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Ask Takudzwa 32 – Freer Expression and the State in Zimbabwe


Author(s): Scott Douglas Jacobsen

Publication (Outlet/Website): Canadian Atheist

Publication Date (yyyy/mm/dd): 2020/01/31

Takudzwa Mazwienduna is the informal leader of Zimbabwean Secular Alliance and a member of the Humanist Society of Zimbabwe. This educational series will explore secularism in Zimbabwe from an organizational perspectiveand more. Here we talk about Article 61(4) of the Zimbabwean Constitution.

Scott Douglas Jacobsen: Article 61(4)(a) of the Zimbabwean Constitution (2013) states, “All State-owned media of communication must… be free to determine independently the editorial content of their broadcasts or other communications…”

How does this influence some of the editorial decisions of the “content of their broadcasts or other communications”? In short, is there a boundary between finances provided by the State and the broadcasting content freedom of the producers of content?

Takudzwa Mazwienduna: There is a fair degree of freedom of the press in Zimbabwe. State owned media does give a platform to diverse worldviews and it has never stood in the way of secularist opinions.

Jacobsen: Article 61(4)(b)-(c) states, “All State-owned media of communication must… be impartial… and c. afford fair opportunity for the presentation of divergent views and dissenting opinions.” Are there any other legal or infrastructural frameworks providing the stipulated impartiality and fair opportunity for Zimbabweans?

Let’s say an issue on secularism was being presented to the public, and then the religious leaders and spokespersons were provided the opportunity to come forward and present their case, would a divergent and dissenting view be permitted or sought, e.g., an atheist or a humanist group?

Mazwienduna: The government has actually encouraged secularists to speak out both on national radio and in newspapers. The only instance where freedom of the press is compromised is when it comes to criticism of the government itself. The ruling ZANU PF party has a totalitarian approach to governance such that they crush any opposition with every means possible.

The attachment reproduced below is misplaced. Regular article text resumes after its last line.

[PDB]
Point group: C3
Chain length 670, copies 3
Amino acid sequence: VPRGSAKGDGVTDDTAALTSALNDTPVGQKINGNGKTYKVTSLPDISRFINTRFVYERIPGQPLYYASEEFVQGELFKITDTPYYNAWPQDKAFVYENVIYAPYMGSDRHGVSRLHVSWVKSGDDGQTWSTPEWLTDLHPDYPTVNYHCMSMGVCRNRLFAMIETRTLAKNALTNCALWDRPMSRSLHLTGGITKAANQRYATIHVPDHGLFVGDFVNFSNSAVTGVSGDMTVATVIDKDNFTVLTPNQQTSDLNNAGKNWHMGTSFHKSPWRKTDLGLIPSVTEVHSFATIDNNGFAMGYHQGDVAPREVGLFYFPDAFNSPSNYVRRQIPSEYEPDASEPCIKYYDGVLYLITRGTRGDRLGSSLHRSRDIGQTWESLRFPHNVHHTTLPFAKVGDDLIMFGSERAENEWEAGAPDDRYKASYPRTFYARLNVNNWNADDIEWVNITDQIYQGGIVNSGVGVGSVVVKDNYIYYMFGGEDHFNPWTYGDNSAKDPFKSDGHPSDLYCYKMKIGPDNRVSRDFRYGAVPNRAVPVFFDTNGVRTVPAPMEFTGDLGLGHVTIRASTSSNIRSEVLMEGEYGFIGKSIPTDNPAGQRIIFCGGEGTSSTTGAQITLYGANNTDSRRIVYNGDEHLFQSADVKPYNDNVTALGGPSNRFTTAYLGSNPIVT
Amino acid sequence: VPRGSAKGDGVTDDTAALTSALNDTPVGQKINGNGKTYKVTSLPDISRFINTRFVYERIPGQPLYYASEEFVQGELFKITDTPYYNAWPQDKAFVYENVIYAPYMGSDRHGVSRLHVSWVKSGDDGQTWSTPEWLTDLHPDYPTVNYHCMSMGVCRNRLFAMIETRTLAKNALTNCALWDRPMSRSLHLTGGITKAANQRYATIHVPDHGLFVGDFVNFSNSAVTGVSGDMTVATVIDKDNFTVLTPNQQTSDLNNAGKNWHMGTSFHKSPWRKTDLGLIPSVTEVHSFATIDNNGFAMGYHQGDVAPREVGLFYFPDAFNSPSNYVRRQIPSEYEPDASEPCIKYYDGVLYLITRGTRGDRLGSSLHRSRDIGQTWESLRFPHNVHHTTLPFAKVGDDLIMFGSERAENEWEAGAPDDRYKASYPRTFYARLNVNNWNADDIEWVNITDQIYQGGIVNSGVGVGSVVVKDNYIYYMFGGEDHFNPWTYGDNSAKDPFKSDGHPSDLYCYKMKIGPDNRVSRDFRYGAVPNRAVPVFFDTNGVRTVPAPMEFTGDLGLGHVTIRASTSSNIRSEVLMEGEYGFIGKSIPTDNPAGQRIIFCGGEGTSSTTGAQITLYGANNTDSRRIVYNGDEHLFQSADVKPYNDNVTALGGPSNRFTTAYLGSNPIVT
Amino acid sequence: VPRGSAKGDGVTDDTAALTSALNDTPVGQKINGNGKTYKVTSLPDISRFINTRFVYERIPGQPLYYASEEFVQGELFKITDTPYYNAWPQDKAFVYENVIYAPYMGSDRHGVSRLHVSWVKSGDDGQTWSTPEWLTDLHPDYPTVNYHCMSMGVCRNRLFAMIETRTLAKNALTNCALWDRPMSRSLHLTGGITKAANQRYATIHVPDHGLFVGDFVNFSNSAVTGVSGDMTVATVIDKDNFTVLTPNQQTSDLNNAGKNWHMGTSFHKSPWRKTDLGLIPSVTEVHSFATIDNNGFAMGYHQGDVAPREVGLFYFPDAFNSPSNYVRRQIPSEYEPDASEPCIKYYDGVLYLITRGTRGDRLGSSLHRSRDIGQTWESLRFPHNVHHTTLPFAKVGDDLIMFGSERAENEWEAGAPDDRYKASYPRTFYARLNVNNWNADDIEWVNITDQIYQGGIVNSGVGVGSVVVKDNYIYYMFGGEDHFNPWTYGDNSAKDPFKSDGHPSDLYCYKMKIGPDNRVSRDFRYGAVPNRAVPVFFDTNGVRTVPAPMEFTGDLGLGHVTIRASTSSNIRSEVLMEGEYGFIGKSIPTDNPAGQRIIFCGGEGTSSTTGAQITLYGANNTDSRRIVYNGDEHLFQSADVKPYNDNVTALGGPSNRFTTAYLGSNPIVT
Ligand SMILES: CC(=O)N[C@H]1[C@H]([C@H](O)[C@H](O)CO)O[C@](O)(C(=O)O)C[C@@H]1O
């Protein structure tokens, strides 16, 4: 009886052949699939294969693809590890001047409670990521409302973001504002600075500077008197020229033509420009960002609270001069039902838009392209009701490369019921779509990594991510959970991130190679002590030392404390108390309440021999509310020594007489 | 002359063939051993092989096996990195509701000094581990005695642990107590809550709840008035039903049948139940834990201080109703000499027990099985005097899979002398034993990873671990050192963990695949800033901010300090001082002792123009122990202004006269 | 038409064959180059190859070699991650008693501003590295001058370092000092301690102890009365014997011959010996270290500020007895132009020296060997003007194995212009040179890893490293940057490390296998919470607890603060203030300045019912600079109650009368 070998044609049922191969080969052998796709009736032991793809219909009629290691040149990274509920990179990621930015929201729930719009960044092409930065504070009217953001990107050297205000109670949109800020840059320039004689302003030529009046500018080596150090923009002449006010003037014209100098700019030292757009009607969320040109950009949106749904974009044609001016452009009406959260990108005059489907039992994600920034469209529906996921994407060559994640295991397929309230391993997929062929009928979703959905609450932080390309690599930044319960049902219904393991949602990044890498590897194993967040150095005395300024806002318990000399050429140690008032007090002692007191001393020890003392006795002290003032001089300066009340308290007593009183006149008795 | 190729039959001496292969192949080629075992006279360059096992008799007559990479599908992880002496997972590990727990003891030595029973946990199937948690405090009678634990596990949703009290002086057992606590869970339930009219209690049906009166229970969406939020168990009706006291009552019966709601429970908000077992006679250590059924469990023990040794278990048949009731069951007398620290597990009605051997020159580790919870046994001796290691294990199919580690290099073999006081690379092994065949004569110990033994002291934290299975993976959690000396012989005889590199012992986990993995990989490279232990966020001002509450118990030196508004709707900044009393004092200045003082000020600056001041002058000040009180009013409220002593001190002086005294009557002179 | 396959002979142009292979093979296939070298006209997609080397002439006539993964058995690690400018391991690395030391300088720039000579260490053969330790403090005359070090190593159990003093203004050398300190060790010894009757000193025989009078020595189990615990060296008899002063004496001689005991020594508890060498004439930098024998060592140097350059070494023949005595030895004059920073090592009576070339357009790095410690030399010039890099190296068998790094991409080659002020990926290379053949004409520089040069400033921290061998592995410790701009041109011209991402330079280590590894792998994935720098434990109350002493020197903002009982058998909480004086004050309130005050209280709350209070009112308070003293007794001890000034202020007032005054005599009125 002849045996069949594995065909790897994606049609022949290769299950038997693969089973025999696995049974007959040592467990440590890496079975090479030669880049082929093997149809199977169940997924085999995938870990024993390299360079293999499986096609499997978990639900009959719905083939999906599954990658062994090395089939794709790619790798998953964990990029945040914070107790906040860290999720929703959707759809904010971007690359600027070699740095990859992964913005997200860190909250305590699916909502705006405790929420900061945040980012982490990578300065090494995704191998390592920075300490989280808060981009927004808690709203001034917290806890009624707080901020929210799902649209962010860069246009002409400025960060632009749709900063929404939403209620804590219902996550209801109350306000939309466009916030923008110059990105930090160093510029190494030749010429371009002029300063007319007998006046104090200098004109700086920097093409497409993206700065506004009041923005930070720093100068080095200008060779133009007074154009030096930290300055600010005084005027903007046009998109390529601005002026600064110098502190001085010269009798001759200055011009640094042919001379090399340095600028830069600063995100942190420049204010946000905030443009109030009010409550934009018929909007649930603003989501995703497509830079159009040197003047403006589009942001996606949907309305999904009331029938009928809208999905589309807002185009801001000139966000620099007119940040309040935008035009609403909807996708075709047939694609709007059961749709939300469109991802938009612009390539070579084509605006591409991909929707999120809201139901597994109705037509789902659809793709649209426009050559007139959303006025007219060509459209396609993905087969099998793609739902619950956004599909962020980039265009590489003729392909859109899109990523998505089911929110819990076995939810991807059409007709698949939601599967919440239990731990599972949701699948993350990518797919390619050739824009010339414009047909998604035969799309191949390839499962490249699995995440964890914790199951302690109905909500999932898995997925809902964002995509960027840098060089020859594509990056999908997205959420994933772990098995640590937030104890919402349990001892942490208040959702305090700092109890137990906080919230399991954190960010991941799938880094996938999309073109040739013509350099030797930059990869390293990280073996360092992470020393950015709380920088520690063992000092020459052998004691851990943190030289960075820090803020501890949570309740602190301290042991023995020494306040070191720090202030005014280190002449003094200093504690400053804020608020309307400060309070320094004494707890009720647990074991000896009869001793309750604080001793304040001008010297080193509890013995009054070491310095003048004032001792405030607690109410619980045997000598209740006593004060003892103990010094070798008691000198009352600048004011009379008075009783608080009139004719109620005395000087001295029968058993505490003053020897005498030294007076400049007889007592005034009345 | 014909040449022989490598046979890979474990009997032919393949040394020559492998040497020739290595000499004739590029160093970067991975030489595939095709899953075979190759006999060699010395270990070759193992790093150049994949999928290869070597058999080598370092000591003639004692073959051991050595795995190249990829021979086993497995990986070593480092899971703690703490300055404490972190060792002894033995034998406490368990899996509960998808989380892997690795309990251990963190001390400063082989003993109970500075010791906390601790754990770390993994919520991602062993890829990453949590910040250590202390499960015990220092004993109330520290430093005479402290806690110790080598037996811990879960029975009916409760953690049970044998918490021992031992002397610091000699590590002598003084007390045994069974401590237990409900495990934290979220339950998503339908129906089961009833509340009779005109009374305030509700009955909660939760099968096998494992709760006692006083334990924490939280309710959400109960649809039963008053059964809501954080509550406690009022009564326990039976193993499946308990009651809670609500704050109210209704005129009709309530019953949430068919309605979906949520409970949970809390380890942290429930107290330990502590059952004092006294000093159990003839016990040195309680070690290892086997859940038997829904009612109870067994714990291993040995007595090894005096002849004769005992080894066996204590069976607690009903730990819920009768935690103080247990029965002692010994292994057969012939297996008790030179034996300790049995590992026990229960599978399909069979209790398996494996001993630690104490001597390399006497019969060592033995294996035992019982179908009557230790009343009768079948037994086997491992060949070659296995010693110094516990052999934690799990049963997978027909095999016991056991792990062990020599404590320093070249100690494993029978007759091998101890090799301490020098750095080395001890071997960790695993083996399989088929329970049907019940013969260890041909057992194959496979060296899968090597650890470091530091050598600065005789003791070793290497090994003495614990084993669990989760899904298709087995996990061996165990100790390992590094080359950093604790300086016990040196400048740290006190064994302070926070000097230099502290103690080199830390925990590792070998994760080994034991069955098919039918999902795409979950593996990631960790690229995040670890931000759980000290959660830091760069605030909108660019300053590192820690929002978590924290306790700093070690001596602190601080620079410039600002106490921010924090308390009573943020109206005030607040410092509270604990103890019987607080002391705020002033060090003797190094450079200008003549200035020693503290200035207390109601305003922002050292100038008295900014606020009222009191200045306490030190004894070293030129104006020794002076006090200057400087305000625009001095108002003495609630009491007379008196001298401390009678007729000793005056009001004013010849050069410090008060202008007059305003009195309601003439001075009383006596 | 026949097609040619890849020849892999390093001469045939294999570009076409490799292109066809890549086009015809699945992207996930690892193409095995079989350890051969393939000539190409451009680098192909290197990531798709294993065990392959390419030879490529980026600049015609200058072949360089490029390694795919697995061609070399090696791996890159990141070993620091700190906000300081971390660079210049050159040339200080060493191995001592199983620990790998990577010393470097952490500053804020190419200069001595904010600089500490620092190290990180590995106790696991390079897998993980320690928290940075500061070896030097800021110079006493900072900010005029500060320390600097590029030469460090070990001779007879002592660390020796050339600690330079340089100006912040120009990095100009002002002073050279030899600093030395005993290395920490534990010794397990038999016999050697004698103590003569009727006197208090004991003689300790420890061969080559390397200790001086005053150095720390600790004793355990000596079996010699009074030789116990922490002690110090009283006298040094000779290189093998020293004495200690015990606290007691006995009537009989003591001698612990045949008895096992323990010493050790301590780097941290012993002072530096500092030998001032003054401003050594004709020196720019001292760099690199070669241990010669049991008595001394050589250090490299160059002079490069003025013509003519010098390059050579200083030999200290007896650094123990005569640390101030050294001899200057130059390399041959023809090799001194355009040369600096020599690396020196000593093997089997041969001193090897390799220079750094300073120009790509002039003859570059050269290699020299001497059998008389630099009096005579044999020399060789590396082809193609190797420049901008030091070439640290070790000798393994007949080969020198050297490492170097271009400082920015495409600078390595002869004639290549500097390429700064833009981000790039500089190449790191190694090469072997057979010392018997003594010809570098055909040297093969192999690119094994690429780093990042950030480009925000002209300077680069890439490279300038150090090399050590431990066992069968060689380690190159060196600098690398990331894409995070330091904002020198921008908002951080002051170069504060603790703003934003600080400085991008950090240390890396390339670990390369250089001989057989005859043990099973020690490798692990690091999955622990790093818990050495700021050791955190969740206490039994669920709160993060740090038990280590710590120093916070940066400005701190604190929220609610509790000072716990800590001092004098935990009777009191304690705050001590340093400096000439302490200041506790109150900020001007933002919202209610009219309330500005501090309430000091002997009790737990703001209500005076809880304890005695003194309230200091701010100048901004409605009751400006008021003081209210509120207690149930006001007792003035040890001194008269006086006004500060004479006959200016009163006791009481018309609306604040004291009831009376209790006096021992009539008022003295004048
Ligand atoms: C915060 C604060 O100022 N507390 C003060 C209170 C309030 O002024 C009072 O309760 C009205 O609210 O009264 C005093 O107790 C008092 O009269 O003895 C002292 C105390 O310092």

Journalists who criticize the government might go missing or face arbitrary arrest without being given proper legal representation as the current case of Hopewell Chon’ono who is in jail for exposing the government’s corruption or cases like Jestina Mukoko and Patson Dzamara who were abducted and never found again back in the Mugabe days. Other than that, freedom of press is allowed as long as it does not compromise the ZANU PF establishment.

Jacobsen: How does this level of free expression compare to adjacent States: South Africa in the South, Botswana in the West and Southwest, Zambia to the North, and Mozambique to the Northeast and East?

Mazwienduna: Our Northern neighbor Zambia however is not as tolerating to secular views. They even have a ministry of religious affairs. The president of the Zambian Humanists Association Larry Mukwemba Tepa has talked about how Zambian government transitioned from a Humanist approach when Kenneth Kaunda the Civil Rights icon was president in the 1960s and 70s to the theocratic approach it takes today under Edgar Lungu.

The state of secularism in Zambia is at an all time low and it is the worst case scenario in the SADC region. South Africa and Botswana on the other hand are beacons of light upholding both secular and liberal approaches. They are successful democracies not only in the SADC region, but in Africa.

Mozambique on the other hand is an interesting case. The main religion in our Eastern neighbor; the Zimbabwean border town to which I’m native to and grew, is African Traditional Religion. Unlike the totalitarian nature of monotheistic religions like Christianity or Islam, animist traditional beliefs encourage more tolerance.

They have an understanding of how everyone has different beliefs and so embrace diversity. Secularism has never been a problem in Mozambique because of this lack of organized religion and so different views face no opposition in the papers.

Jacobsen: Thank you for the opportunity and your time, Takudzwa.


In-Sight Publishing by Scott Douglas Jacobsen is licensed under a Creative Commons Attribution-NonCommercial-NoDerivatives 4.0 International License. Based on a work at


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